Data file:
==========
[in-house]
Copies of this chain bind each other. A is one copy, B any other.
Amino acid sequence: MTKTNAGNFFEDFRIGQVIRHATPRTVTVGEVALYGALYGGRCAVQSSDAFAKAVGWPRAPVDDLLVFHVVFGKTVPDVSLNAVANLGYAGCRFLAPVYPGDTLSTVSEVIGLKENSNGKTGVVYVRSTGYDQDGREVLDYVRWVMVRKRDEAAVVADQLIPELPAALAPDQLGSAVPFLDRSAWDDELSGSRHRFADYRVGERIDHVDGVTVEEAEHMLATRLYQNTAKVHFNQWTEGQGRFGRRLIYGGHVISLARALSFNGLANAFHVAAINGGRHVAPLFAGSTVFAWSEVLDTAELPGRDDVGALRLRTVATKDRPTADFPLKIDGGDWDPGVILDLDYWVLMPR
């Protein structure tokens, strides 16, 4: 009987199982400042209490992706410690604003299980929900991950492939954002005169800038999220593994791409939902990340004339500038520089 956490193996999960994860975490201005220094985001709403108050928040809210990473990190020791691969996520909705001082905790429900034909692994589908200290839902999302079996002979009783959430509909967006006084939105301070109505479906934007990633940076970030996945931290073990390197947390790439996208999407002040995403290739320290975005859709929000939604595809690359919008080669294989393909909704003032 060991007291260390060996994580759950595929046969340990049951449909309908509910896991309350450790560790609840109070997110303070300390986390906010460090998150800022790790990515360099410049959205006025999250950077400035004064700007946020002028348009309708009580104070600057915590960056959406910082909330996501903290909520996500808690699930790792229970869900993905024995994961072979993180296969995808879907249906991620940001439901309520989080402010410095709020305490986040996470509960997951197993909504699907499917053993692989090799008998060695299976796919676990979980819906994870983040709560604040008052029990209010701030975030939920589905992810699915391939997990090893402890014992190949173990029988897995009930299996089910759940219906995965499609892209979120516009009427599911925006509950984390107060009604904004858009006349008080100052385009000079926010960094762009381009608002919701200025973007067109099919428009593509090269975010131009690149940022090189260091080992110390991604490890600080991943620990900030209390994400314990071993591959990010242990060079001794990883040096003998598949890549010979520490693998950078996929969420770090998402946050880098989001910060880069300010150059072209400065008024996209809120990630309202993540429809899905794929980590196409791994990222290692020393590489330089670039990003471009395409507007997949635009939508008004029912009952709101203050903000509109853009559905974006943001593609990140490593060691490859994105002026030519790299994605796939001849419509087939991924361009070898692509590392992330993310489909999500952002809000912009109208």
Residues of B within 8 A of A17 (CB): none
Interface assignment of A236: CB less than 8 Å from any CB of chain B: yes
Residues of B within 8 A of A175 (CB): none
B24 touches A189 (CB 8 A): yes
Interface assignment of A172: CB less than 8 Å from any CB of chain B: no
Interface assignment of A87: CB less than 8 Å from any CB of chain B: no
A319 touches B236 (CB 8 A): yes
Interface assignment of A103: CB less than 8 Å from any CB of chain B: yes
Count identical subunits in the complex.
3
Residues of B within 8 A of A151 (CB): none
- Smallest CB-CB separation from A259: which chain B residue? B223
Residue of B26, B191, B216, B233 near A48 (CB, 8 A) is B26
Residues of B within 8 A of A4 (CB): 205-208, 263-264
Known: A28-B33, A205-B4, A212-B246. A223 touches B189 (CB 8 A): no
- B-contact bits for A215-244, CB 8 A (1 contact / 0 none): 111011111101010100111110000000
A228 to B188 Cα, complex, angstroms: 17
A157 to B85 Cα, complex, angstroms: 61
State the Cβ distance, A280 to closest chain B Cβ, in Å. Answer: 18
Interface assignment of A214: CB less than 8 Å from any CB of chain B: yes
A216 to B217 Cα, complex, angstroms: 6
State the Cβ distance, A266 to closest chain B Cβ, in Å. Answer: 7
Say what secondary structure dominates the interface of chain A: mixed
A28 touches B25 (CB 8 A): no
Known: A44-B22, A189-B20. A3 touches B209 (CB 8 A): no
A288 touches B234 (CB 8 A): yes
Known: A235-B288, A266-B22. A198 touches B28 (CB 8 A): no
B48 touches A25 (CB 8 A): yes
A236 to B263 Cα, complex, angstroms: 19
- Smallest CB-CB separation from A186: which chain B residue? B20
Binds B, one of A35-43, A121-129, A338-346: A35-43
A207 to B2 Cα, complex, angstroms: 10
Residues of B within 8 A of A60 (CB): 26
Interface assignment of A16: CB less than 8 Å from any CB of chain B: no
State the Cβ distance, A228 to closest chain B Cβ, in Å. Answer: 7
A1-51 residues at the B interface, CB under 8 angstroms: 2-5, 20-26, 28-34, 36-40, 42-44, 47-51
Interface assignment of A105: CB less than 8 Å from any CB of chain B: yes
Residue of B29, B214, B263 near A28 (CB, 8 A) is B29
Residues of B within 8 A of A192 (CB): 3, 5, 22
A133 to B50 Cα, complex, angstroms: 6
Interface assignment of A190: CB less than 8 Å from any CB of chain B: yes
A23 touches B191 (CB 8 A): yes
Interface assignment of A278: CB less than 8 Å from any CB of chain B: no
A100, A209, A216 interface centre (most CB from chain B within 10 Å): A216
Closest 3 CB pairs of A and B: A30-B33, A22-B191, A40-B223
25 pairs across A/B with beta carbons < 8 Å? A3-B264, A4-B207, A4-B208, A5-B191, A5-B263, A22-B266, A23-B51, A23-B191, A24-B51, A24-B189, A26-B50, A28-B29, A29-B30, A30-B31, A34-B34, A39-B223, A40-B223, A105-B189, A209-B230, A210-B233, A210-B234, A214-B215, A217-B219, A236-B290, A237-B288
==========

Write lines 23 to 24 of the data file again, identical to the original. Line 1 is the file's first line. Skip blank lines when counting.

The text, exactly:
State the Cβ distance, A280 to closest chain B Cβ, in Å. Answer: 18
Interface assignment of A214: CB less than 8 Å from any CB of chain B: yes